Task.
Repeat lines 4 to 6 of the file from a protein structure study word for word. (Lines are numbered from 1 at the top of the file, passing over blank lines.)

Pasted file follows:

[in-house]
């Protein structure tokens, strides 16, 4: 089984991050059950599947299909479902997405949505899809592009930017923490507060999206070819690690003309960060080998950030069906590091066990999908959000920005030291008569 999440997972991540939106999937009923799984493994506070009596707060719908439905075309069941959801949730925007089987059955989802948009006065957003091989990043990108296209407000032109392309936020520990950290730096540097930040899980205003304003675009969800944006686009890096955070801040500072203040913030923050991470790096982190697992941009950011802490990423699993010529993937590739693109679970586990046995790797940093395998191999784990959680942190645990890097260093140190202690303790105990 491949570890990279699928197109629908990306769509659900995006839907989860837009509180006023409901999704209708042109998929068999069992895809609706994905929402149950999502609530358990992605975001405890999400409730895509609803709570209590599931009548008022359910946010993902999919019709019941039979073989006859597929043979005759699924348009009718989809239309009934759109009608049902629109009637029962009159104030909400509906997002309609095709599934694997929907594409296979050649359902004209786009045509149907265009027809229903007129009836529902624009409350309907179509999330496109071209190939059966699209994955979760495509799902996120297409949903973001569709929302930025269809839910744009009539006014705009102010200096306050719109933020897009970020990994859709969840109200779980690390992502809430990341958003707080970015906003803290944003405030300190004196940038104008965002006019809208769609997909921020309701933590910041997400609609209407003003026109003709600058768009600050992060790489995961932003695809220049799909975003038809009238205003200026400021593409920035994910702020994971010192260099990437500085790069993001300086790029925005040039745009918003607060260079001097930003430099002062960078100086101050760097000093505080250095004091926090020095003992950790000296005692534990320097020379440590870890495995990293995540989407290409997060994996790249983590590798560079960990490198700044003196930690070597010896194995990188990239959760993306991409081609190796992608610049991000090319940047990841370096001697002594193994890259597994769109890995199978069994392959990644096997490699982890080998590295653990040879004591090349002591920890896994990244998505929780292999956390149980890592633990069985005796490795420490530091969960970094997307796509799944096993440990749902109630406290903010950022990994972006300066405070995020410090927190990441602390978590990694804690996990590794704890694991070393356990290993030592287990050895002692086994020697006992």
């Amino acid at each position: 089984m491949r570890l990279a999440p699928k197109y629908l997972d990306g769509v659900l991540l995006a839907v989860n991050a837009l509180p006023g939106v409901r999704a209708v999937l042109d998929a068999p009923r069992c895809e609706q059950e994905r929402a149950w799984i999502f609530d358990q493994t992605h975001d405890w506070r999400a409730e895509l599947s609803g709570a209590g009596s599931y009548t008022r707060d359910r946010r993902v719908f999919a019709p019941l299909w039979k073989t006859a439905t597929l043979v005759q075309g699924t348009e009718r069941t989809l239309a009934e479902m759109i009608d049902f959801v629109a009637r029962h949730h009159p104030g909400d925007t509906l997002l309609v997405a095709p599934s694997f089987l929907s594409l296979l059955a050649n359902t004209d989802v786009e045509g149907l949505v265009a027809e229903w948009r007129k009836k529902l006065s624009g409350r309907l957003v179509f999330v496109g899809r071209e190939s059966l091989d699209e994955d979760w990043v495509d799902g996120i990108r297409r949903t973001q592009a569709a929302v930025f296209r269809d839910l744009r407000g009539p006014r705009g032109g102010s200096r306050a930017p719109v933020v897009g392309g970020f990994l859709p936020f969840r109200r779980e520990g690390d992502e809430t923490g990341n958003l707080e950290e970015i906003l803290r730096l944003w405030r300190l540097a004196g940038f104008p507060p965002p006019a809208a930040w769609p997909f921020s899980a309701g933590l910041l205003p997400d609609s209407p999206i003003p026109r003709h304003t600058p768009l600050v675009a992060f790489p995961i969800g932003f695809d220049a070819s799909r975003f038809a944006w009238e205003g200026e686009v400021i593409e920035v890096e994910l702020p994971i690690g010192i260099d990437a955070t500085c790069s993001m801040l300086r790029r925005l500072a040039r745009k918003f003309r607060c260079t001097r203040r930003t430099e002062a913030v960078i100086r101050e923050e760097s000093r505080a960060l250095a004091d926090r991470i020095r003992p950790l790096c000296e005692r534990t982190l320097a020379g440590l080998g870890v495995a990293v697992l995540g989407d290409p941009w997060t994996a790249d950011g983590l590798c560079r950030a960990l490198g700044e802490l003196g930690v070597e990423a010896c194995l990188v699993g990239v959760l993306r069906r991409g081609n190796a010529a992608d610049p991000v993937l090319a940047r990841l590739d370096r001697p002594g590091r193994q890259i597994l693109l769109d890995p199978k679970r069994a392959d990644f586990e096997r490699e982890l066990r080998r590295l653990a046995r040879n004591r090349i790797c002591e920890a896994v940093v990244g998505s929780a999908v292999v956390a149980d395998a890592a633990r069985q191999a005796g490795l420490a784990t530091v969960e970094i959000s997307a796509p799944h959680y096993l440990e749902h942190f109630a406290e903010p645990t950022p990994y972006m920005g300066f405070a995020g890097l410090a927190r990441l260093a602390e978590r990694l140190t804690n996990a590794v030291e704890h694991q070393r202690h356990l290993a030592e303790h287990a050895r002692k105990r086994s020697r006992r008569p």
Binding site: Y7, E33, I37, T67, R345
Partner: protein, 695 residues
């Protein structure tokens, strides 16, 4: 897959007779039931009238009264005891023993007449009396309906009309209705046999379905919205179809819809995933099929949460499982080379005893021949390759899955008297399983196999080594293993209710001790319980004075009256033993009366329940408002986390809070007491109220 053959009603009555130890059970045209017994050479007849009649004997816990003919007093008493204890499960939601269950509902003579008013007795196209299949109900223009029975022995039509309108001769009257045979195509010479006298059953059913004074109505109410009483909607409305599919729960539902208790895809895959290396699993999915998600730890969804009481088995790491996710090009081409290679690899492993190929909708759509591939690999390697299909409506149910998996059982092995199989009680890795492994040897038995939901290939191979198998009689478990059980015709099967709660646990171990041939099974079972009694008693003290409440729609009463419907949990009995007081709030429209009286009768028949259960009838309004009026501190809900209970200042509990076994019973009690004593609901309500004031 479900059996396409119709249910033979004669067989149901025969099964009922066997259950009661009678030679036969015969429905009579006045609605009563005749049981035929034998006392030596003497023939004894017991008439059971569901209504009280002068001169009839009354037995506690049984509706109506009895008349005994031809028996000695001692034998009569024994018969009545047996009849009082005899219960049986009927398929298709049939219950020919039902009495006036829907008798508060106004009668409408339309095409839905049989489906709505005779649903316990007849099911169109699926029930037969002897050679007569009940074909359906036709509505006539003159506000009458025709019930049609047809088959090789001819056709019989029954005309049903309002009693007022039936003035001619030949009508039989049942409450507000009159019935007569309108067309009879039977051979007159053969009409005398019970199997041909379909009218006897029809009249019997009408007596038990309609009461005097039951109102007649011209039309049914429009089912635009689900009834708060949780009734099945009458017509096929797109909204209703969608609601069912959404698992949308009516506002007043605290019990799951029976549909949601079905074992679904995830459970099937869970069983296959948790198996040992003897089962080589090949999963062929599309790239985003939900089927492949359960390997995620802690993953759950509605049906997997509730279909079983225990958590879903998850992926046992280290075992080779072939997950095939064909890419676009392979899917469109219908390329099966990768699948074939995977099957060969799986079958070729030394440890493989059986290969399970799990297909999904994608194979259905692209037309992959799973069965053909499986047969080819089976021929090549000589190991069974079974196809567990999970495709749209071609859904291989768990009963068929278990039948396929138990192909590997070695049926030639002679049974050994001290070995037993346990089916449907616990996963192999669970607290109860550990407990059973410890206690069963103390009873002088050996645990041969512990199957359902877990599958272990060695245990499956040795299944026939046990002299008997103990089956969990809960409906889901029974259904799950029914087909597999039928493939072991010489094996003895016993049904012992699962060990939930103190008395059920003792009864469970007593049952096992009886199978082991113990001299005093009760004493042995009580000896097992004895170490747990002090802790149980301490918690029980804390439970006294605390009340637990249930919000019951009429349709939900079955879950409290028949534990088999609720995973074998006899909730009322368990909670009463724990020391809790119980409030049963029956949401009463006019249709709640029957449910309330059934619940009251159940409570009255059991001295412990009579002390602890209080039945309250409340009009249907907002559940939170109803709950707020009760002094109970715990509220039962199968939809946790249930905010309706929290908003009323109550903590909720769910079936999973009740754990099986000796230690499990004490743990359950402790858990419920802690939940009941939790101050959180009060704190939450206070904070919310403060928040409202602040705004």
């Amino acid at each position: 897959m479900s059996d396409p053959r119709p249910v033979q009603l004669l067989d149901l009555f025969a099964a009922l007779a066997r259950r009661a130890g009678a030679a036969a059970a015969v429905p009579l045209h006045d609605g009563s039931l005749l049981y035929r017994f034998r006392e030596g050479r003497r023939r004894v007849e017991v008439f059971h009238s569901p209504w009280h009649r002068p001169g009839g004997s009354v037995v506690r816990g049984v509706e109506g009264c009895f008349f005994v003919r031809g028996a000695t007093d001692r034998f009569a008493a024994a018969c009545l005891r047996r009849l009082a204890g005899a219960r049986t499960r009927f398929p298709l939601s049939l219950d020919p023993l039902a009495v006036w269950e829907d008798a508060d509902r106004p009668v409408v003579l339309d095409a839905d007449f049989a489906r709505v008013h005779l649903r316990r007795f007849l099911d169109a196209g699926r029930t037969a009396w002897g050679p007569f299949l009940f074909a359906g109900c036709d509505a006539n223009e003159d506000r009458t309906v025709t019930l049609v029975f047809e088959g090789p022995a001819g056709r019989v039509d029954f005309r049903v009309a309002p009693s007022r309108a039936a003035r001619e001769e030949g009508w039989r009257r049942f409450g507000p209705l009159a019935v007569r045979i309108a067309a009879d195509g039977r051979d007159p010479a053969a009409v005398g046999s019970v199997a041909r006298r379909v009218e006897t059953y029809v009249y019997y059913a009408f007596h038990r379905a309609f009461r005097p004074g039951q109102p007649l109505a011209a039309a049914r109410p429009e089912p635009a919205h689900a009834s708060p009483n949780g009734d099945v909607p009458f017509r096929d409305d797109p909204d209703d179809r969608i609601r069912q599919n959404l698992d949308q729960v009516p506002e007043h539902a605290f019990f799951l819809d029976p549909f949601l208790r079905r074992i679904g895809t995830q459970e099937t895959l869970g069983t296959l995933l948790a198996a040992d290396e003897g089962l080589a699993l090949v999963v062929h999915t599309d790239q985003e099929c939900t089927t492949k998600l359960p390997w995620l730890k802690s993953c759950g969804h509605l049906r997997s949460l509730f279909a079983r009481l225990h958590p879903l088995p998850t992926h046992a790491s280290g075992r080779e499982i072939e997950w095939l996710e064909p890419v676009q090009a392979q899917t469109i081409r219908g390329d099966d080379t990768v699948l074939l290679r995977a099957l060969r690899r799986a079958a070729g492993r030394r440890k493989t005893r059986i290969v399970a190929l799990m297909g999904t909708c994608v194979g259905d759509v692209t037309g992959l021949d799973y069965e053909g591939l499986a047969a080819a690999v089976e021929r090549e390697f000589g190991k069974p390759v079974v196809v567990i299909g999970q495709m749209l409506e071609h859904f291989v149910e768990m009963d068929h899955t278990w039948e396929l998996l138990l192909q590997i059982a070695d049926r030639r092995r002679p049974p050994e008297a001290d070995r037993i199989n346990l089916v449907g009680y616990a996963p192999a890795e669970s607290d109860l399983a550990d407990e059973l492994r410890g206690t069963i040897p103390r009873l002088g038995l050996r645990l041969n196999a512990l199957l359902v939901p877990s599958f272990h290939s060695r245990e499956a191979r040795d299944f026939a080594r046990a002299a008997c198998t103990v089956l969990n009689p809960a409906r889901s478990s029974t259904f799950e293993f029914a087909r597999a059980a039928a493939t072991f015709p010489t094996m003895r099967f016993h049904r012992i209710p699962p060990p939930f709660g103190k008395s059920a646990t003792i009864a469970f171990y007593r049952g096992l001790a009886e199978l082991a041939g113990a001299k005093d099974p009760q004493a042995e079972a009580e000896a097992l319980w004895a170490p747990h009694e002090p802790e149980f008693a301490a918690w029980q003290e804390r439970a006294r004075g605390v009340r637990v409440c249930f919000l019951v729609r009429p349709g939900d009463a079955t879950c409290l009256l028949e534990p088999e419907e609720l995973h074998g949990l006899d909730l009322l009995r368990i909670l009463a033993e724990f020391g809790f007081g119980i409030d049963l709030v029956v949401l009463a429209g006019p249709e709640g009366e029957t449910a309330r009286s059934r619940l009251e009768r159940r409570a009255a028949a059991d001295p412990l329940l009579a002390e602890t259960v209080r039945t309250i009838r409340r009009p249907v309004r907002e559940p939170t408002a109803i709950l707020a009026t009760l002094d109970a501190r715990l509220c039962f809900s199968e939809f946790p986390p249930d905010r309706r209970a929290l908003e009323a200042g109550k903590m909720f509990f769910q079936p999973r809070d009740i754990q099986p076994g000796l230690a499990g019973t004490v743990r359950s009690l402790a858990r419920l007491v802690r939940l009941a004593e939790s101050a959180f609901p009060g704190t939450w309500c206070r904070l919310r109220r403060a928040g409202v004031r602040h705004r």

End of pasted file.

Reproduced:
Binding site: Y7, E33, I37, T67, R345
Partner: protein, 695 residues
């Protein structure tokens, strides 16, 4: 897959007779039931009238009264005891023993007449009396309906009309209705046999379905919205179809819809995933099929949460499982080379005893021949390759899955008297399983196999080594293993209710001790319980004075009256033993009366329940408002986390809070007491109220 053959009603009555130890059970045209017994050479007849009649004997816990003919007093008493204890499960939601269950509902003579008013007795196209299949109900223009029975022995039509309108001769009257045979195509010479006298059953059913004074109505109410009483909607409305599919729960539902208790895809895959290396699993999915998600730890969804009481088995790491996710090009081409290679690899492993190929909708759509591939690999390697299909409506149910998996059982092995199989009680890795492994040897038995939901290939191979198998009689478990059980015709099967709660646990171990041939099974079972009694008693003290409440729609009463419907949990009995007081709030429209009286009768028949259960009838309004009026501190809900209970200042509990076994019973009690004593609901309500004031 479900059996396409119709249910033979004669067989149901025969099964009922066997259950009661009678030679036969015969429905009579006045609605009563005749049981035929034998006392030596003497023939004894017991008439059971569901209504009280002068001169009839009354037995506690049984509706109506009895008349005994031809028996000695001692034998009569024994018969009545047996009849009082005899219960049986009927398929298709049939219950020919039902009495006036829907008798508060106004009668409408339309095409839905049989489906709505005779649903316990007849099911169109699926029930037969002897050679007569009940074909359906036709509505006539003159506000009458025709019930049609047809088959090789001819056709019989029954005309049903309002009693007022039936003035001619030949009508039989049942409450507000009159019935007569309108067309009879039977051979007159053969009409005398019970199997041909379909009218006897029809009249019997009408007596038990309609009461005097039951109102007649011209039309049914429009089912635009689900009834708060949780009734099945009458017509096929797109909204209703969608609601069912959404698992949308009516506002007043605290019990799951029976549909949601079905074992679904995830459970099937869970069983296959948790198996040992003897089962080589090949999963062929599309790239985003939900089927492949359960390997995620802690993953759950509605049906997997509730279909079983225990958590879903998850992926046992280290075992080779072939997950095939064909890419676009392979899917469109219908390329099966990768699948074939995977099957060969799986079958070729030394440890493989059986290969399970799990297909999904994608194979259905692209037309992959799973069965053909499986047969080819089976021929090549000589190991069974079974196809567990999970495709749209071609859904291989768990009963068929278990039948396929138990192909590997070695049926030639002679049974050994001290070995037993346990089916449907616990996963192999669970607290109860550990407990059973410890206690069963103390009873002088050996645990041969512990199957359902877990599958272990060695245990499956040795299944026939046990002299008997103990089956969990809960409906889901029974259904799950029914087909597999039928493939072991010489094996003895016993049904012992699962060990939930103190008395059920003792009864469970007593049952096992009886199978082991113990001299005093009760004493042995009580000896097992004895170490747990002090802790149980301490918690029980804390439970006294605390009340637990249930919000019951009429349709939900079955879950409290028949534990088999609720995973074998006899909730009322368990909670009463724990020391809790119980409030049963029956949401009463006019249709709640029957449910309330059934619940009251159940409570009255059991001295412990009579002390602890209080039945309250409340009009249907907002559940939170109803709950707020009760002094109970715990509220039962199968939809946790249930905010309706929290908003009323109550903590909720769910079936999973009740754990099986000796230690499990004490743990359950402790858990419920802690939940009941939790101050959180009060704190939450206070904070919310403060928040409202602040705004």